11. Jeff K. Posted: February 17, 2009 at 06:50 PM (#3079161)
I'm not going anywhere for a good while.

Unless the Mossad agents I have hired do their jobs...you think the Israeli Baseball League can be dismissed so easily?
   12. Sean Forman Posted: February 17, 2009 at 06:52 PM (#3079169)
And this quote is taken right out of the big changes are coming soon playbook.


:)
   13. Pat Rapper's Delight (as quoted on MLB Network) Posted: February 17, 2009 at 06:57 PM (#3079176)
You will probably see a few more ads on some pages after the major redesign that was going to happen anyways

Adblock Plus says, "bring it on."

TWO!-OH!-OH!-OH! CLAP!-CLAP!-CLAP!CLAP!CLAP! says, "Congratulations, Sean!"
   14. Vance W Posted: February 17, 2009 at 07:13 PM (#3079199)
First time I saw bb.ref I thought it was fantastic. And it just kept getting better. Hope the payout was mighty because it sure was well-deserved.
   15. Foster Posted: February 17, 2009 at 07:26 PM (#3079216)
Congratulations. Well-earned. Go buy yourself something pretty, Sean.
   16. Phenomenal Smith Posted: February 17, 2009 at 08:57 PM (#3079358)
How long until it goes to a subscription model?
   17. cardsfanboy Posted: February 17, 2009 at 09:53 PM (#3079447)
At first I was just hoping that they would take over all the unused sponsorship pages by default, I'm mostly hoping that speed remains the top priority, the simple navigation should also remain, anything added while keeping those two features won't be too unbearable.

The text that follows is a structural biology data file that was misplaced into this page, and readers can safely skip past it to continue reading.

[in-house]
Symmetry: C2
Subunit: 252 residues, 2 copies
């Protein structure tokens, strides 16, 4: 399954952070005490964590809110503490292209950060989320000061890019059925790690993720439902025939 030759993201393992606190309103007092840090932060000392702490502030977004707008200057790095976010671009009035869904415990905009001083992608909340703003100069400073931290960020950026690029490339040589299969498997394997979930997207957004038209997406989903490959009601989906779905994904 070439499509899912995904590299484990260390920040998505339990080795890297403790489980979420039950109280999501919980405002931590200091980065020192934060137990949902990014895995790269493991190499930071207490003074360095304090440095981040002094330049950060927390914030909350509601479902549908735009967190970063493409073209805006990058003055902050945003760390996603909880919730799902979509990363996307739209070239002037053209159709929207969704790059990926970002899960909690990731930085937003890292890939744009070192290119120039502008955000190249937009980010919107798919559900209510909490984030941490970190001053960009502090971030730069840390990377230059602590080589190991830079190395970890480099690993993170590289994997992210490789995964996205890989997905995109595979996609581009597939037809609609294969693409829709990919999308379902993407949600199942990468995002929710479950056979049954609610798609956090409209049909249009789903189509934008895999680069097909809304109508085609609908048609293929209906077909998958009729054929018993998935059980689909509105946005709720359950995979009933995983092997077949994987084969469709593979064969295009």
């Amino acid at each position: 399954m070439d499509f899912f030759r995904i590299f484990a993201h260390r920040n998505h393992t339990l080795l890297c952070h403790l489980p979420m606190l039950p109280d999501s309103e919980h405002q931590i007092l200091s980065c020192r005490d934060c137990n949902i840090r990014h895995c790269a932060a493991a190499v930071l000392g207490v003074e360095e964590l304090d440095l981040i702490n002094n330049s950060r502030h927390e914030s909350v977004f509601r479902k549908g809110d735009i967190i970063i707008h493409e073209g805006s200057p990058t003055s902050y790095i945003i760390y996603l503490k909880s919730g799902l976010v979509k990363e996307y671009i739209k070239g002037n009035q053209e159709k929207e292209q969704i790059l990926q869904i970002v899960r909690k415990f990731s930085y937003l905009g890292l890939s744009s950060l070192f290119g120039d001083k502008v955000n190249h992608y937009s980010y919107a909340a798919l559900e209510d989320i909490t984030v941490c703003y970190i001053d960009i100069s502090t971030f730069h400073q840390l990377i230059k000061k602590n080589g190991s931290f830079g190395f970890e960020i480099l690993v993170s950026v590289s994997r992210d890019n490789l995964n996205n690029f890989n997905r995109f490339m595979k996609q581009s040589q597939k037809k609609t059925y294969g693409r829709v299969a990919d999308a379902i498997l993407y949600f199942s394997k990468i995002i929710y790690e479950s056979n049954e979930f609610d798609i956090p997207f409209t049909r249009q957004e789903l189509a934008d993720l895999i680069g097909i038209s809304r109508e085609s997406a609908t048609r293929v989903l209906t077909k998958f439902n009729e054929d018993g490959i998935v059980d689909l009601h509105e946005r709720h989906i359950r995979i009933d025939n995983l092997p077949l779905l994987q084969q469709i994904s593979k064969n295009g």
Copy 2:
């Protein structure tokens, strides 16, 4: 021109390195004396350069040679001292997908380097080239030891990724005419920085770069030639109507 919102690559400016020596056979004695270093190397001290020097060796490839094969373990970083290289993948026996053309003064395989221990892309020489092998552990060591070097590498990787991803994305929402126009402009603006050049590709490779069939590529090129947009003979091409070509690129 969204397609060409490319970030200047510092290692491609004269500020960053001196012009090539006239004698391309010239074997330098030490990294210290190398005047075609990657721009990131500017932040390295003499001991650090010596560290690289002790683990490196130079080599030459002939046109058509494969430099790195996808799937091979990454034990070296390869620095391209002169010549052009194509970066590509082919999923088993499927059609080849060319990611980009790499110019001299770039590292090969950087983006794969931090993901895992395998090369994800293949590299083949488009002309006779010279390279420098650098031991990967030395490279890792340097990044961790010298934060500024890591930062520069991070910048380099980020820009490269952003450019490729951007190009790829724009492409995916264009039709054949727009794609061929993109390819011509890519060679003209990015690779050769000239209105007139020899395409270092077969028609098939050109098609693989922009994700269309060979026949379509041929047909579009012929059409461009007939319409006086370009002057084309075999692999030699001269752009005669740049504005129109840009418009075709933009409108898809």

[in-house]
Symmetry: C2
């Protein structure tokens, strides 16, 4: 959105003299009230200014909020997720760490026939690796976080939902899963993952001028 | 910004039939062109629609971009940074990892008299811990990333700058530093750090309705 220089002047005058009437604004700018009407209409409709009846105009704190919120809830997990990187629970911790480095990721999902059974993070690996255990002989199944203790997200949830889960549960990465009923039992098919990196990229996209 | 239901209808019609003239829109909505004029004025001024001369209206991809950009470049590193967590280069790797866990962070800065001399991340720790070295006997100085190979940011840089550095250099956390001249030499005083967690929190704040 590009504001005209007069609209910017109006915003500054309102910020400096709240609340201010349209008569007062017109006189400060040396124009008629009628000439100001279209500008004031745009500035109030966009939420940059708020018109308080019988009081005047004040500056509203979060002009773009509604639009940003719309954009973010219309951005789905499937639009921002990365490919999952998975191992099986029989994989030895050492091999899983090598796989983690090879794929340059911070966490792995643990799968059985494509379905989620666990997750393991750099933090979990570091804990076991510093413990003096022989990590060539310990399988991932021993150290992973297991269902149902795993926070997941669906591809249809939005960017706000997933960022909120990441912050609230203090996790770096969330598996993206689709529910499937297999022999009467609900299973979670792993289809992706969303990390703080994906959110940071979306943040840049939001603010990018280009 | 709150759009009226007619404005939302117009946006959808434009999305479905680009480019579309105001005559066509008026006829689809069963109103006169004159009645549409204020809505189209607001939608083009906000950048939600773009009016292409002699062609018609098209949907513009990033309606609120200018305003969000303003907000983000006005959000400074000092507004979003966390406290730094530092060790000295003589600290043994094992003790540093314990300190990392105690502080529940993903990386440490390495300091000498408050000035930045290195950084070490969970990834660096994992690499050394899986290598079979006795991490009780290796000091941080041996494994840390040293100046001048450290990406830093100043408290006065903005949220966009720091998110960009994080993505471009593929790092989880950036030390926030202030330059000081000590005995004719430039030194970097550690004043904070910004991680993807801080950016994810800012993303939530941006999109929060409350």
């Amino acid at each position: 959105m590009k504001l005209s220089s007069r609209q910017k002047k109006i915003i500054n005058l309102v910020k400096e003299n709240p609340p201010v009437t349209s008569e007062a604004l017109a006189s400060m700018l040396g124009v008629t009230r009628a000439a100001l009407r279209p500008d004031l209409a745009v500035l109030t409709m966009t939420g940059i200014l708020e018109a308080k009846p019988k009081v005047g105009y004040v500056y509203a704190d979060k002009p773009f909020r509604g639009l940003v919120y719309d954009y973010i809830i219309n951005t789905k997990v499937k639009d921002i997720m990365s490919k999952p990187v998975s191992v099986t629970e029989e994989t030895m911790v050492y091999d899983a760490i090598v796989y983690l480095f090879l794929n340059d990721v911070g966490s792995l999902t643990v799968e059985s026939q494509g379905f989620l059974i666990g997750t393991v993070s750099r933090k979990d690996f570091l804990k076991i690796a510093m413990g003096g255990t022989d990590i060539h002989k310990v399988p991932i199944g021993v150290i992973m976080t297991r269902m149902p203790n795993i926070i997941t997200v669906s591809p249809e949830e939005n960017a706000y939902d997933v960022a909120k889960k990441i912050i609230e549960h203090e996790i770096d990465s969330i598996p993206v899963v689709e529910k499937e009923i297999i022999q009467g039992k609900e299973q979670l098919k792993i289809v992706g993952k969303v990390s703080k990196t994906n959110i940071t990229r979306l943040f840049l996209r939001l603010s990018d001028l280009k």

I mean I prefer ESPN's sortable stats over BB-reference for seasonal stats, but if I'm not doing anything that requires me to search, I don't even consider ESPN (and I almost never consider MLB for stats, even though they have improved the speed from glacial to slow, their navigation is atrocious, especially when you get to their stat pages--only stat page I consider looking at there is the team page--and even there I prefer bb-ref-- and the roster pages--which nobody else comes close to touching--although again the navigation sucks, you can't just go from torontos 40 man roster to the cardinals 40 man roster unless you know MLB cap sensitive web design so you can change the url directly)
   18. Brian Posted: February 17, 2009 at 09:59 PM (#3079460)
Congratulations Sean, well deserved. Lots cheap real estate and bank stocks out there right now ...
   19. Golfing Great Mitch Cumstein Posted: February 17, 2009 at 11:29 PM (#3079549)
It has been absolutely stunning to me that fans/semi-amateurs have been able to put together better statistics websites than every single major sports league. And MiLB is still a joke.